In this tutorial, we will learn about the
TRUNCATE statements in MySQL. Suppose we want to delete a table from the database altogether. Or, what if, we want to keep the table but delete all the records in the table? These are common operations in MySQL and for that, we use the
TRUNCATE commands respectively.
What are DROP and TRUNCATE statements?
TRUNCATE statement is used to delete the data and records inside the table, without deleting the table itself. The table structure remains preserved.
DROP statement is used to delete an existing table from a database. The DROP command deletes the table and all the records and information stored in it.
DROP are examples of Data Definition Language (DDL) commands.
MySQL TRUNCATE – Clear Rows From a MySQL Table
Let’s get right into the examples of the MySQL TRUNCATE statement here. In the below example, we’ll truncate the Students table that we’ve been using all along our tutorials here.
Syntax for MySQL TRUNCATE
TRUNCATE TABLE table_name;
Example of MySQL TRUNCATE
Consider the below Students table.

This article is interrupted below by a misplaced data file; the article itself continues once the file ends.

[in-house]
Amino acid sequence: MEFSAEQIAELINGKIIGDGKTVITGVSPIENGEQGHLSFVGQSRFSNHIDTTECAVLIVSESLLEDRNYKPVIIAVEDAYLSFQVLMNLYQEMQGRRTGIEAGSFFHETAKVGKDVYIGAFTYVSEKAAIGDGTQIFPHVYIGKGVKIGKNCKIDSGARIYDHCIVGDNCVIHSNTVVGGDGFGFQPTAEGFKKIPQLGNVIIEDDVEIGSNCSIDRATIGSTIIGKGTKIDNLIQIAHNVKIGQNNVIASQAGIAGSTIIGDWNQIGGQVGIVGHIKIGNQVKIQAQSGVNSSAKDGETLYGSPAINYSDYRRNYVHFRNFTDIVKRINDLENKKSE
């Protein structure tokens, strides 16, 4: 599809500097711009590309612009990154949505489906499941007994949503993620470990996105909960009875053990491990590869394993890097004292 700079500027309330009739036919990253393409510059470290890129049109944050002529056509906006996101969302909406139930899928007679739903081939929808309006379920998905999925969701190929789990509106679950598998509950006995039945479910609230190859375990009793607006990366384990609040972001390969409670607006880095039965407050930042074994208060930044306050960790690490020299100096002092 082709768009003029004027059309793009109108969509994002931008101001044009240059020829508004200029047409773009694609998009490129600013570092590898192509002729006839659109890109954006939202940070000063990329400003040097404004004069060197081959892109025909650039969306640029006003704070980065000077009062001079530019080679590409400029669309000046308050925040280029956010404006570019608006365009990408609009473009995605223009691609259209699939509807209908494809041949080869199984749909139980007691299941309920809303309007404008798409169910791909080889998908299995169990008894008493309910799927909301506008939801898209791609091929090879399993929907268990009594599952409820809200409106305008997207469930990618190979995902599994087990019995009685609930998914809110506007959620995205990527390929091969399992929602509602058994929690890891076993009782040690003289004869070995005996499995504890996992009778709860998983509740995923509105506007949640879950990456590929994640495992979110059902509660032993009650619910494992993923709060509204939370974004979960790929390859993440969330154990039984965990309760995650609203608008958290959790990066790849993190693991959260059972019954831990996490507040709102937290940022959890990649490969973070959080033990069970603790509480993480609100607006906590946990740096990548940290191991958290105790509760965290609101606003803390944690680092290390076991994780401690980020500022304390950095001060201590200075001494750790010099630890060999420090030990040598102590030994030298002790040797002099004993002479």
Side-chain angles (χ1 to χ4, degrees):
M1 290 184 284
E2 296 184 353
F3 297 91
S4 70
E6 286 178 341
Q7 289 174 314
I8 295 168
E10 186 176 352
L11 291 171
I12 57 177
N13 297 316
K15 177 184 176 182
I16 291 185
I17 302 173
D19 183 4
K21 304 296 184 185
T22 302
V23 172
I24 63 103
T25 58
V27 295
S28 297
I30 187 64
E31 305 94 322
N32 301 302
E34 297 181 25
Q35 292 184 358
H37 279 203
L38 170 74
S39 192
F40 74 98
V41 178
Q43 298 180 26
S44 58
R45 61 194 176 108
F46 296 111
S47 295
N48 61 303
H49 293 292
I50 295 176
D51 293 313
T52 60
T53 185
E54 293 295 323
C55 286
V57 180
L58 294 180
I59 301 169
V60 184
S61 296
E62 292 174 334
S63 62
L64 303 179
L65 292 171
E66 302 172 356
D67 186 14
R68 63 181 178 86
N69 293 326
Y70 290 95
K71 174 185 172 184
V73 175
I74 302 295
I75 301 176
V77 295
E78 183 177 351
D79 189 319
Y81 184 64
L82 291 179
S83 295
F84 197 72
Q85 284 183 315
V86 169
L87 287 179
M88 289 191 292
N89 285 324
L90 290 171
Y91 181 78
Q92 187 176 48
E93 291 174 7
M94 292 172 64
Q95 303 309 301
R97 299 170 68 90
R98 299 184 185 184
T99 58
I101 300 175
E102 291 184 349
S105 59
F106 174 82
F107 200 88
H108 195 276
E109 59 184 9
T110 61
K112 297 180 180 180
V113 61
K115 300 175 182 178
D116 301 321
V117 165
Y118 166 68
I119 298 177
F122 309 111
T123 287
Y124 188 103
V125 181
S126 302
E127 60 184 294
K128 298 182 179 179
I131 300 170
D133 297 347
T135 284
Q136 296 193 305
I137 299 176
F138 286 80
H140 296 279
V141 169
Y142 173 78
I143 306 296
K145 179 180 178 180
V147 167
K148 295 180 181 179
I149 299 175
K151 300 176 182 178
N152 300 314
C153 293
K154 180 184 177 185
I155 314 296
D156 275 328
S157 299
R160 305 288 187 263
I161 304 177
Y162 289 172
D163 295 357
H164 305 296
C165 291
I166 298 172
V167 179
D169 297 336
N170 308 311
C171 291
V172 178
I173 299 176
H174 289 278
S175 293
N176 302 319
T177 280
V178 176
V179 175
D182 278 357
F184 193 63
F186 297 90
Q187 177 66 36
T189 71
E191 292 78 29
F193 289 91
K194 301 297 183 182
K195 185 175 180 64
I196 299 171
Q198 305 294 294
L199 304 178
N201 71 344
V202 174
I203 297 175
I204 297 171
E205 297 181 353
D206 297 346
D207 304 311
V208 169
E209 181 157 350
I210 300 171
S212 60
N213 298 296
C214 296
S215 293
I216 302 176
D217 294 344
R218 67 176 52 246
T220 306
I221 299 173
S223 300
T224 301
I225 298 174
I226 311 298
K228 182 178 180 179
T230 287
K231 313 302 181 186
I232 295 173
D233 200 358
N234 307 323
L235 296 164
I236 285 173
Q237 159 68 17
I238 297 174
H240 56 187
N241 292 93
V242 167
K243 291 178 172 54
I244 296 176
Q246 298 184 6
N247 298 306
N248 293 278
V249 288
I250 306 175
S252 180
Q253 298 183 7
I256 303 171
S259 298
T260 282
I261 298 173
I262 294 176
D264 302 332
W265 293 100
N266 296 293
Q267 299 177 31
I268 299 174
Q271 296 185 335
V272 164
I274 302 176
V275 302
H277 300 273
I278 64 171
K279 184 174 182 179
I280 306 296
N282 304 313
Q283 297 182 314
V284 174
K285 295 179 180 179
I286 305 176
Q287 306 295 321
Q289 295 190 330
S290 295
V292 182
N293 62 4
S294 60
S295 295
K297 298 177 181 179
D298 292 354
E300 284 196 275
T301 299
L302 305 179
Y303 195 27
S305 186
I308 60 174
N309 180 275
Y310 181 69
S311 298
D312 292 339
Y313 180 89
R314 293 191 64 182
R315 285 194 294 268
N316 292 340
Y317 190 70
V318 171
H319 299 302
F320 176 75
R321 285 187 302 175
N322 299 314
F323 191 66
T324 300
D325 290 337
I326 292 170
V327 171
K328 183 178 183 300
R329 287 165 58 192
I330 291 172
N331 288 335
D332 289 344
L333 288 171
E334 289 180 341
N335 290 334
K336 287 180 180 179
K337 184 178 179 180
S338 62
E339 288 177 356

Suppose you want to clear all records from it. We do this using the
TRUNCATE TABLE Students;
Let us now use the
SELECT * FROM Students;
And let us also use the
And we get the output as,
As you can see, when we use the
SELECT statement, we get an empty set as our output. Furthermore, when we use the
DESCRIBE command, we can see the structure of the table. What we can infer from this is that TRUNCATE clears all the records from the tables but does not delete the table. If you were to put an
INSERT statement after this to add a record, it would work.
MySQL DROP – Delete MySQL Tables and Databases
Let’s move to understanding the MySQL DROP command here. As we observed, the TRUNCATE command does not delete the table by itself. It only clears the data within the table. Let’s see how the DROP command reacts.
Syntax for MySQL DROP
DROP TABLE table_name;
Example of MySQL DROP
Now, what if we want to delete the Students table that we just truncated. We do so using the following query,
DROP TABLE Students;
And now, if we use the
DESCRIBE command, we get the following output –
The above error makes it clear that the DROP statement has deleted our Students table from the database.
In this article, we studied two of the basic DDL commands DROP and TRUNCATE. Deleting tables or clearing the data from them are common actions and for further reading, do check out the references.